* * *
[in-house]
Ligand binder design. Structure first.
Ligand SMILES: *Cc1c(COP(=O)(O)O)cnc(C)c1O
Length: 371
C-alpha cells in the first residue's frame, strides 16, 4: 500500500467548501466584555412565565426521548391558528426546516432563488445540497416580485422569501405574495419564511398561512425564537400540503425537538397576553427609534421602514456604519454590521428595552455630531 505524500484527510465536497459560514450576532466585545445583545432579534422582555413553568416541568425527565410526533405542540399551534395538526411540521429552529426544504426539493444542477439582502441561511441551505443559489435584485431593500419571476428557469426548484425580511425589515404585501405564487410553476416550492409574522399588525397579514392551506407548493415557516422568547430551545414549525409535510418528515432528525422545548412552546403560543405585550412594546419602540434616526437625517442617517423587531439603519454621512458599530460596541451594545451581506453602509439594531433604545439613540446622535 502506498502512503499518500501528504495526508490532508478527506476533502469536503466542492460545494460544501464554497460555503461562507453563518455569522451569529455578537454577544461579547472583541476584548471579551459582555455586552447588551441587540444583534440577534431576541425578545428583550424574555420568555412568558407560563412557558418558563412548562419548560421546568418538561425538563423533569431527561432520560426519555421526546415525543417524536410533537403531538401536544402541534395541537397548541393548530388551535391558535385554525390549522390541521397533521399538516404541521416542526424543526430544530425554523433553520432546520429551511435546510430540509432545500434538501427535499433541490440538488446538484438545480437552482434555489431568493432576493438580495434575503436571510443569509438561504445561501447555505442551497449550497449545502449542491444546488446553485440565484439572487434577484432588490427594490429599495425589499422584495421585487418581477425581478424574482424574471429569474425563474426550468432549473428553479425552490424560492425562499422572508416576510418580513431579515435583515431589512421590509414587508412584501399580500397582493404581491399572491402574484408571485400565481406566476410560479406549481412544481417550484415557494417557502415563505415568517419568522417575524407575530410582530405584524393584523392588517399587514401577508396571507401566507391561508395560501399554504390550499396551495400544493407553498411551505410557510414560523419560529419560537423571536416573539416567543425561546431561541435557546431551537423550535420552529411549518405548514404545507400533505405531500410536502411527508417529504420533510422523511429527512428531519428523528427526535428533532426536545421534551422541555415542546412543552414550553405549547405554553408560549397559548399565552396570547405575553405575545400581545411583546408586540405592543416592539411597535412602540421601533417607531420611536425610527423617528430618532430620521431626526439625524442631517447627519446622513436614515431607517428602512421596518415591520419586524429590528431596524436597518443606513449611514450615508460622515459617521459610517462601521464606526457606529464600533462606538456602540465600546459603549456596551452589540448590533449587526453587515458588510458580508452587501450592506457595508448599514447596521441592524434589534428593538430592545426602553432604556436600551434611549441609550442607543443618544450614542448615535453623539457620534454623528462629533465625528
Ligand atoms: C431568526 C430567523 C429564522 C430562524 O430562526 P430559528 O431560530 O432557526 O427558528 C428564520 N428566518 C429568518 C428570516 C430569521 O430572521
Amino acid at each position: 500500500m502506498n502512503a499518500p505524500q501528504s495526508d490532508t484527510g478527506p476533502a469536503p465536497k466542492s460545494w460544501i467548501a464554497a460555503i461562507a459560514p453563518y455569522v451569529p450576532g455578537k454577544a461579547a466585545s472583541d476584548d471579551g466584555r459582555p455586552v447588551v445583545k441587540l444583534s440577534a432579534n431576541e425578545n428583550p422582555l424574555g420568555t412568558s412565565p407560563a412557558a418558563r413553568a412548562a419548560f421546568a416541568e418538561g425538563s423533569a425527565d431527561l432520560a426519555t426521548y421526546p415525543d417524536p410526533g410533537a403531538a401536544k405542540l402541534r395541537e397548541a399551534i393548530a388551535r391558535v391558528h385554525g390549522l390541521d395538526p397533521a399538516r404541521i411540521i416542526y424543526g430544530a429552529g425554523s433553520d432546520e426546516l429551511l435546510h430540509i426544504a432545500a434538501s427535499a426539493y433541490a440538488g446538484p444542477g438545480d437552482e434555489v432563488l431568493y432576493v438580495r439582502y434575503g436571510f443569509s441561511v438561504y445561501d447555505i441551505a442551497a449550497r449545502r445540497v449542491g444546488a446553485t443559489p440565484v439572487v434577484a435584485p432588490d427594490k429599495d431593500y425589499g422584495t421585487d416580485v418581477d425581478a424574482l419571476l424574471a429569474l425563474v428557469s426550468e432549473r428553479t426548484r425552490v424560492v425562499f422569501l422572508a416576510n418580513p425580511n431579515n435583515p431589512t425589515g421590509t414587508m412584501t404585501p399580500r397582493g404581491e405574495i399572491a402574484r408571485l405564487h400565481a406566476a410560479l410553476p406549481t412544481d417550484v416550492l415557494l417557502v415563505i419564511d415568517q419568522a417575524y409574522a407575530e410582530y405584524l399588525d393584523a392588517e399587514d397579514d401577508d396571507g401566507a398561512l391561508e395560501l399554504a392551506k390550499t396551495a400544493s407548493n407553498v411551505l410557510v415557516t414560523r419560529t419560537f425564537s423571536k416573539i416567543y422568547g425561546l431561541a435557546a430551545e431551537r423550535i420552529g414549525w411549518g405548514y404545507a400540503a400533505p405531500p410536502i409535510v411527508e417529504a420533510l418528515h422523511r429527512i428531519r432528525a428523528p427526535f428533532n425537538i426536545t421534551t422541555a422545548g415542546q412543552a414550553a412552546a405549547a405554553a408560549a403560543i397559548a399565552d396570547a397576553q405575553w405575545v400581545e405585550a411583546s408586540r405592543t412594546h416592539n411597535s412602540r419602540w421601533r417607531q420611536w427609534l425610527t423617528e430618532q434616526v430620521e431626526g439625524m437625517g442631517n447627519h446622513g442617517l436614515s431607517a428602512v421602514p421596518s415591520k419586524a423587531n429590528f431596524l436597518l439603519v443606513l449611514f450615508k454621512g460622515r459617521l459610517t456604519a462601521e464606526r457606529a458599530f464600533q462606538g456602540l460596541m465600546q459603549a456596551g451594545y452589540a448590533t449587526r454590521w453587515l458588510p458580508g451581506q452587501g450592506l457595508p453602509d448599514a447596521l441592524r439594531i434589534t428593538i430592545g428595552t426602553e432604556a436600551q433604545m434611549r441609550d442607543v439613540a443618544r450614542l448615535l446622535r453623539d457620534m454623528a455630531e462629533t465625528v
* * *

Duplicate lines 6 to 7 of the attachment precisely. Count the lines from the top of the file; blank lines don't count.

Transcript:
Ligand atoms: C431568526 C430567523 C429564522 C430562524 O430562526 P430559528 O431560530 O432557526 O427558528 C428564520 N428566518 C429568518 C428570516 C430569521 O430572521
Amino acid at each position: 500500500m502506498n502512503a499518500p505524500q501528504s495526508d490532508t484527510g478527506p476533502a469536503p465536497k466542492s460545494w460544501i467548501a464554497a460555503i461562507a459560514p453563518y455569522v451569529p450576532g455578537k454577544a461579547a466585545s472583541d476584548d471579551g466584555r459582555p455586552v447588551v445583545k441587540l444583534s440577534a432579534n431576541e425578545n428583550p422582555l424574555g420568555t412568558s412565565p407560563a412557558a418558563r413553568a412548562a419548560f421546568a416541568e418538561g425538563s423533569a425527565d431527561l432520560a426519555t426521548y421526546p415525543d417524536p410526533g410533537a403531538a401536544k405542540l402541534r395541537e397548541a399551534i393548530a388551535r391558535v391558528h385554525g390549522l390541521d395538526p397533521a399538516r404541521i411540521i416542526y424543526g430544530a429552529g425554523s433553520d432546520e426546516l429551511l435546510h430540509i426544504a432545500a434538501s427535499a426539493y433541490a440538488g446538484p444542477g438545480d437552482e434555489v432563488l431568493y432576493v438580495r439582502y434575503g436571510f443569509s441561511v438561504y445561501d447555505i441551505a442551497a449550497r449545502r445540497v449542491g444546488a446553485t443559489p440565484v439572487v434577484a435584485p432588490d427594490k429599495d431593500y425589499g422584495t421585487d416580485v418581477d425581478a424574482l419571476l424574471a429569474l425563474v428557469s426550468e432549473r428553479t426548484r425552490v424560492v425562499f422569501l422572508a416576510n418580513p425580511n431579515n435583515p431589512t425589515g421590509t414587508m412584501t404585501p399580500r397582493g404581491e405574495i399572491a402574484r408571485l405564487h400565481a406566476a410560479l410553476p406549481t412544481d417550484v416550492l415557494l417557502v415563505i419564511d415568517q419568522a417575524y409574522a407575530e410582530y405584524l399588525d393584523a392588517e399587514d397579514d401577508d396571507g401566507a398561512l391561508e395560501l399554504a392551506k390550499t396551495a400544493s407548493n407553498v411551505l410557510v415557516t414560523r419560529t419560537f425564537s423571536k416573539i416567543y422568547g425561546l431561541a435557546a430551545e431551537r423550535i420552529g414549525w411549518g405548514y404545507a400540503a400533505p405531500p410536502i409535510v411527508e417529504a420533510l418528515h422523511r429527512i428531519r432528525a428523528p427526535f428533532n425537538i426536545t421534551t422541555a422545548g415542546q412543552a414550553a412552546a405549547a405554553a408560549a403560543i397559548a399565552d396570547a397576553q405575553w405575545v400581545e405585550a411583546s408586540r405592543t412594546h416592539n411597535s412602540r419602540w421601533r417607531q420611536w427609534l425610527t423617528e430618532q434616526v430620521e431626526g439625524m437625517g442631517n447627519h446622513g442617517l436614515s431607517a428602512v421602514p421596518s415591520k419586524a423587531n429590528f431596524l436597518l439603519v443606513l449611514f450615508k454621512g460622515r459617521l459610517t456604519a462601521e464606526r457606529a458599530f464600533q462606538g456602540l460596541m465600546q459603549a456596551g451594545y452589540a448590533t449587526r454590521w453587515l458588510p458580508g451581506q452587501g450592506l457595508p453602509d448599514a447596521l441592524r439594531i434589534t428593538i430592545g428595552t426602553e432604556a436600551q433604545m434611549r441609550d442607543v439613540a443618544r450614542l448615535l446622535r453623539d457620534m454623528a455630531e462629533t465625528v